Paul Alan Yule is an archaeologist who teaches at the University of Heidelberg.
Paul Alan Yule
Professor of Archaeology
Department of Languages and Cultures of the Near East
Yule’s study of the prehistory of Oman of the 1990s deals with the tower tombs of Jaylah on the Jebel Akhdar, which date to the 3rd millennium BCE. The site of Samad al-Shan sheds light on late prehistory in Oman. It yields south-eastern Arabian artefacts of different periods. A further project, the cataloguing of the metal hoard find from Ibri-Selme, which he published with Gerd Weisgerber (†), concentrates on the largest hoard of metallic artefacts to occur in the Near East. It contains finds largely of the Early Iron Age. Presently he is studying the Iron Age metal-finds from a workshop context at the site of al-Safah in al-Zahirah province.
Yule’s work at the site of Zafar, capital of the Himyarite Confederation, in the Yemen, began in 1998 and illuminates especially on the culture of the Himyarite period (110 BCE – ca. 525 CE). He argues that Himyarite culture is not really foreign to Islam but actually is a sire which passed on its genes. One wonders what Islamic religion and culture certainly inherited influence from Himyar. Excavated finds contradict the characterisation of Himyarite culture as somehow decadent.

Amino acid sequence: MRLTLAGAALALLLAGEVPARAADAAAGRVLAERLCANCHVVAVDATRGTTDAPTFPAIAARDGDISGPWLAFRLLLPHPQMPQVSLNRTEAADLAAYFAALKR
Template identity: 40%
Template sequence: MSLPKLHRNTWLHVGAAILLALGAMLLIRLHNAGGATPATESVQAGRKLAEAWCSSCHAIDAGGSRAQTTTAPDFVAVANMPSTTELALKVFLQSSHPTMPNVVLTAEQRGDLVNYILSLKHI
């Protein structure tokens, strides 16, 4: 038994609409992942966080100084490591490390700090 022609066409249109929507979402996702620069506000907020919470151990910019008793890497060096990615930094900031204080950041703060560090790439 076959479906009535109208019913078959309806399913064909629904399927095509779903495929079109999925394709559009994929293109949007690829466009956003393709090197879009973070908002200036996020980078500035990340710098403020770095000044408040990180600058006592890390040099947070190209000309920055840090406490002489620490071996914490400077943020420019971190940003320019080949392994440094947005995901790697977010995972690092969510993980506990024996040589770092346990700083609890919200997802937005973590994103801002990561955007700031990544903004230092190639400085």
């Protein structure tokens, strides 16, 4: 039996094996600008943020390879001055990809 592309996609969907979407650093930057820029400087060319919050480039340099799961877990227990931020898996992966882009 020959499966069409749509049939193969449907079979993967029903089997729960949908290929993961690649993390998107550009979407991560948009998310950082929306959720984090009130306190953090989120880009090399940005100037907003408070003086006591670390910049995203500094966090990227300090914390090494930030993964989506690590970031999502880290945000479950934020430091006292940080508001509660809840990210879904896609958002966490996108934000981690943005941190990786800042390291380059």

His Gazetteer of Archaeological Sites is a source for the archaeological sites of the Sultanate of Oman and is being developed for the entire Arabian Gulf.
Research, scholarly and professional interests
- Archaeology of Arabia
- Oman archaeometallurgy
- Ruprecht-Karls-Universität Heidelberg
Areas of expertise
- Field Archaeology